Objective: The 25% rate of recurrence after complete resection of stage II colon cancer (CC) suggests the presence of occult nodal metastases not identified by hematoxylin and eosin staining (H&E). Interim data from our ongoing prospective multicenter trial of sentinel node (SN) biopsy indicate a 29.6% rate of micrometastases (MM) identified by immunohistochemical staining (IHC) of H&E-negative SNs in CC. We hypothesized that these MM have prognostic importance.
Methods: Between March 2001 and August 2006, 152 patients with resectable colorectal cancer were enrolled in the trial. IHC and quantitative RT-PCR (qRT) assay were performed on H&E-negative SNs. Results were correlated with disease-free survival.
Results: The sensitivity of lymphatic mapping was significantly better in CC (75%) than rectal cancer (36%), P < 0.05. Of 92 node-negative CC patients 7 (8%) were upstaged to N1 and 18 (22%) had IHC MM. Four patients negative by H&E and IHC were positive by qRT. At a mean follow-up of 25 months, 15 patients had died from noncancer-related causes, 12 had developed recurrence, 5 had died of CC (2 with macrometastases, 3 with MM), and 7 were alive with disease. The 12 recurrences included 4 patients with SN macrometastases and 6 with SN MM (2 by IHC, 4 by qRT). One of the 2 SN-negative recurrences had other positive lymph nodes by H&E. All patients with CC recurrences had a positive SN by either H&E/IHC or qRT. No CC patient with a negative SN by H&E and qRT has recurred (P = 0.002).
Conclusion: This is the first prospective evaluation of the prognostic impact of MM in colorectal cancer. These results indicate that the detection of MM may be clinically relevant in CC and may improve the selection of patients for adjuvant systemic chemotherapy. Patients with CC who are node negative by cumulative detection methods (H&E/IHC and qRT) are likely to be cured by surgery alone.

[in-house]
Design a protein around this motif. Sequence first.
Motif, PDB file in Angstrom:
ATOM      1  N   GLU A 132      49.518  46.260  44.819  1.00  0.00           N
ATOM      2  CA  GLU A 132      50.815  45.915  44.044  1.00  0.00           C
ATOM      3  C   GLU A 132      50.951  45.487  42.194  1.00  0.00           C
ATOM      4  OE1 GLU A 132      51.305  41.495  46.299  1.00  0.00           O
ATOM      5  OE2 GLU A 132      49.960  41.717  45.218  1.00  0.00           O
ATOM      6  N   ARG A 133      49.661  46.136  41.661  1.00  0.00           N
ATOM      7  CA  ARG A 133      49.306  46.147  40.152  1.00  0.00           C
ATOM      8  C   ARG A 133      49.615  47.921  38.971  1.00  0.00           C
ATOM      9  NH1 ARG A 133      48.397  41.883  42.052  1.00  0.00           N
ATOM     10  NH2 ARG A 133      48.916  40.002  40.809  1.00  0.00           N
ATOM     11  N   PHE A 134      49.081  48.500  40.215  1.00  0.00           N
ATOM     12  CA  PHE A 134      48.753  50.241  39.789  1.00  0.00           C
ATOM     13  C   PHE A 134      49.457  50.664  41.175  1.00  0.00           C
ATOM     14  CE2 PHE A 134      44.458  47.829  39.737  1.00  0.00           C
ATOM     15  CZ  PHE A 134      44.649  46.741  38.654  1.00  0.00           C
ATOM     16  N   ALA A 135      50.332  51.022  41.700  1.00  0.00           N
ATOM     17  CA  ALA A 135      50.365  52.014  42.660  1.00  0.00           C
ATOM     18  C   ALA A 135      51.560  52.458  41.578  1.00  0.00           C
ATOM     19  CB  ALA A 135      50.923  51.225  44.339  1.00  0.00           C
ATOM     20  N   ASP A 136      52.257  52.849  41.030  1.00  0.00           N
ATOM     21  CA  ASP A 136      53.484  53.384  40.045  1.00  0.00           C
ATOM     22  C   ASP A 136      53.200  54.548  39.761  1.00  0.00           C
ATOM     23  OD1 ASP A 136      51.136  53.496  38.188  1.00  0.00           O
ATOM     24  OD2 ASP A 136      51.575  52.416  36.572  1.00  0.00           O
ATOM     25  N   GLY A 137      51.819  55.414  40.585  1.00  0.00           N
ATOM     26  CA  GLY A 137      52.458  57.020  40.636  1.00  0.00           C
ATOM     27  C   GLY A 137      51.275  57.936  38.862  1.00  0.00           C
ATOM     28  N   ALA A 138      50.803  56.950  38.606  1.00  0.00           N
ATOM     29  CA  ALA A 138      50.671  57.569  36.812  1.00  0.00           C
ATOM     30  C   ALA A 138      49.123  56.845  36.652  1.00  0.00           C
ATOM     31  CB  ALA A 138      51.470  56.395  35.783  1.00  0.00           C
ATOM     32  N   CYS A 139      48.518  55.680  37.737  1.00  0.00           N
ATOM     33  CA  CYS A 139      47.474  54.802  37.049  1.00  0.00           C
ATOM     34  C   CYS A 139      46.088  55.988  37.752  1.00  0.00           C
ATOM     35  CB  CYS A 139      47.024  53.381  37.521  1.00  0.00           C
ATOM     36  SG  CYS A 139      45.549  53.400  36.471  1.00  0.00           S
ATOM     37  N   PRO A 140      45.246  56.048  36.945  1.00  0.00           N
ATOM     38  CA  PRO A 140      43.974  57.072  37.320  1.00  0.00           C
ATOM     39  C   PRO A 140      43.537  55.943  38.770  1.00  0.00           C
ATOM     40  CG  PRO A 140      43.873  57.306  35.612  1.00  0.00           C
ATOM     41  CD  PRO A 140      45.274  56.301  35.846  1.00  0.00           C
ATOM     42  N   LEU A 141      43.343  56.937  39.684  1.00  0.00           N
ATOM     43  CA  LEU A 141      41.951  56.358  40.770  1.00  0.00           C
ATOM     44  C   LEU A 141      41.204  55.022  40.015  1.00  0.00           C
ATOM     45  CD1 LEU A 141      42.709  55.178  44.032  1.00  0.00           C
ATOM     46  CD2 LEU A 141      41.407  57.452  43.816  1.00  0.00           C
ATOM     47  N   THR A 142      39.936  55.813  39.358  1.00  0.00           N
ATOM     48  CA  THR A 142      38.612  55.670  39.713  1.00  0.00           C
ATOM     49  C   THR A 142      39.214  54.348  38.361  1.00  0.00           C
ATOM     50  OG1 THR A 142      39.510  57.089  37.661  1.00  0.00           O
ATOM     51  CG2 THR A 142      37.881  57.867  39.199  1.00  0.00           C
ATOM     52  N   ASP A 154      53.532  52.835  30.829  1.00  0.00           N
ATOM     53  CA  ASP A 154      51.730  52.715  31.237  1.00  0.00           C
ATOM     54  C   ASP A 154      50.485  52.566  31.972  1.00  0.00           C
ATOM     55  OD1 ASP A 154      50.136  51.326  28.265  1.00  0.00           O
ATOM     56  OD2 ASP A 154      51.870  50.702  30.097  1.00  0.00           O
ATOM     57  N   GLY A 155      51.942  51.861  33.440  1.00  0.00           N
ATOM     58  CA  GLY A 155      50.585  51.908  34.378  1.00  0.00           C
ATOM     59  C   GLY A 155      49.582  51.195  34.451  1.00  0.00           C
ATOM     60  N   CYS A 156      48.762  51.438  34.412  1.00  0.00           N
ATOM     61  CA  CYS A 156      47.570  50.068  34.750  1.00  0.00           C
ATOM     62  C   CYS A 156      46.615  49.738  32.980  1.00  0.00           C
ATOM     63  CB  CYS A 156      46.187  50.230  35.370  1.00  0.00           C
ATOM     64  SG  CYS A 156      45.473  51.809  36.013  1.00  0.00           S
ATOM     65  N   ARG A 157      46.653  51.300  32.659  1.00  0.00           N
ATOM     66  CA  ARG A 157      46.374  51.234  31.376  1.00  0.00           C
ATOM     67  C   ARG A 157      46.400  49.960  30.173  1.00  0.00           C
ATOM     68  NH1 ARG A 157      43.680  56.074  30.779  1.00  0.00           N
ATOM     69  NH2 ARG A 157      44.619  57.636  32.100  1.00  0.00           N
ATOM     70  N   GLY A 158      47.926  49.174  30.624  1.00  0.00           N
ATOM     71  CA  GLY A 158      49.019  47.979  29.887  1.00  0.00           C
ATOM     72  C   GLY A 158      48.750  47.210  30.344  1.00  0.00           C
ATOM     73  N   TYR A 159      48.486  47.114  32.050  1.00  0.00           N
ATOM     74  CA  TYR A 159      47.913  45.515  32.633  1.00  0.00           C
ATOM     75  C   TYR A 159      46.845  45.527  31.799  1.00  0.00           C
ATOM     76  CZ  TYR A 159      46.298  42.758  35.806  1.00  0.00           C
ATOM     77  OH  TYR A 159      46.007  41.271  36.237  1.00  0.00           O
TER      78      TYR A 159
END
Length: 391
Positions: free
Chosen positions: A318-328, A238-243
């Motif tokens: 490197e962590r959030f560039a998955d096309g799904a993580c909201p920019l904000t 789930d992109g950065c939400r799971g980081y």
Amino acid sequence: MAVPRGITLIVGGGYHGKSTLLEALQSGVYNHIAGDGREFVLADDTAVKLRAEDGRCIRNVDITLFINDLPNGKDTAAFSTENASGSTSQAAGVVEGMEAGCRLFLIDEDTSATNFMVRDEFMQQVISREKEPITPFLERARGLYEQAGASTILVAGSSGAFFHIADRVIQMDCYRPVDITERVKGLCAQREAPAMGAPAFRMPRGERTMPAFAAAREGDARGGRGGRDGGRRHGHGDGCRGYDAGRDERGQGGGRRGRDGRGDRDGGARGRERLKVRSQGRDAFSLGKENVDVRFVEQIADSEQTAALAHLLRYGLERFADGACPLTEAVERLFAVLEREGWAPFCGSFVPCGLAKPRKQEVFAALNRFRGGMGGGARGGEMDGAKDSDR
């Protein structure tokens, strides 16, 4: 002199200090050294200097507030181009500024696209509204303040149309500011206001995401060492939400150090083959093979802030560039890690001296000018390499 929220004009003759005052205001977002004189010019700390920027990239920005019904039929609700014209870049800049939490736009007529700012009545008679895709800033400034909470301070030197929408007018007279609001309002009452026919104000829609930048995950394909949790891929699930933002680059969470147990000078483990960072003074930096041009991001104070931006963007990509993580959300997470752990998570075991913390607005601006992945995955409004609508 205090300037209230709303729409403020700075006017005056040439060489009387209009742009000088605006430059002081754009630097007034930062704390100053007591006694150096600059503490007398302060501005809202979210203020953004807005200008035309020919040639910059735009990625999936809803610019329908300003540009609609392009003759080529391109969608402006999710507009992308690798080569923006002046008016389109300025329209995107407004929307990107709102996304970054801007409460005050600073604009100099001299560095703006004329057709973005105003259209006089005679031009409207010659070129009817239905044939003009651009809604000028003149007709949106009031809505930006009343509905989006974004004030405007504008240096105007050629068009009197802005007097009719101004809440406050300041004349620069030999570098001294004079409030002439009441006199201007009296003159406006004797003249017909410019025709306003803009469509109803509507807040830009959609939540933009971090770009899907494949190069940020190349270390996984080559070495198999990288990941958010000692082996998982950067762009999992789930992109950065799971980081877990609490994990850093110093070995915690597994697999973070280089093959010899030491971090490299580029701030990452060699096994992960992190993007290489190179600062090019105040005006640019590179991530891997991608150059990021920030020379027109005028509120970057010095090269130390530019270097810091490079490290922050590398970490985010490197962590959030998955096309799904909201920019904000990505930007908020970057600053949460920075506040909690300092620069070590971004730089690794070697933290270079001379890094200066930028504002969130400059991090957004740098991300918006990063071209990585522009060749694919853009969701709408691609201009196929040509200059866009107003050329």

Recurrence in node-negative colon cancer may be attributed to missed micrometastases. Focused analysis of the sentinel node improves staging accuracy and may improve the selection of patients for chemotherapy.
From the *Departments of Gastrointestinal Oncology and Molecular Oncology, John Wayne Cancer Institute at Saint John's Health Center, Santa Monica, CA; †Michigan State University McLaren Regional Medical Center, Flint, MI; ‡Department of Surgery, Division of GI Tumors and Endocrine Surgery, University of Colorado at Denver and Health Sciences Center, Denver, CO; and §Department of Surgical Oncology, Wake Forest University Medical Center, Winston-Salem, NC.
Supported by Grant CA090848 from the National Cancer Institute and by funding from the Rod Fasone Memorial Cancer Fund (Indianapolis, IN), the Henry L. Guenther Foundation (Los Angeles, CA), the William Randolph Hearst Foundation (San Francisco, CA), the Davidow Charitable Fund (Los Angeles, CA), and Mrs. Ruth Weil (Los Angeles, CA).
Presented at American Surgical Association, Colorado, April 26th, 2007.
Reprints: Anton J. Bilchik, MD, PhD, FACS, Departments of Gastrointestinal Oncology and Molecular Oncology, John Wayne Cancer Institute, 2200 Santa Monica Boulevard, Santa Monica, CA 90404. E-mail: email@example.com.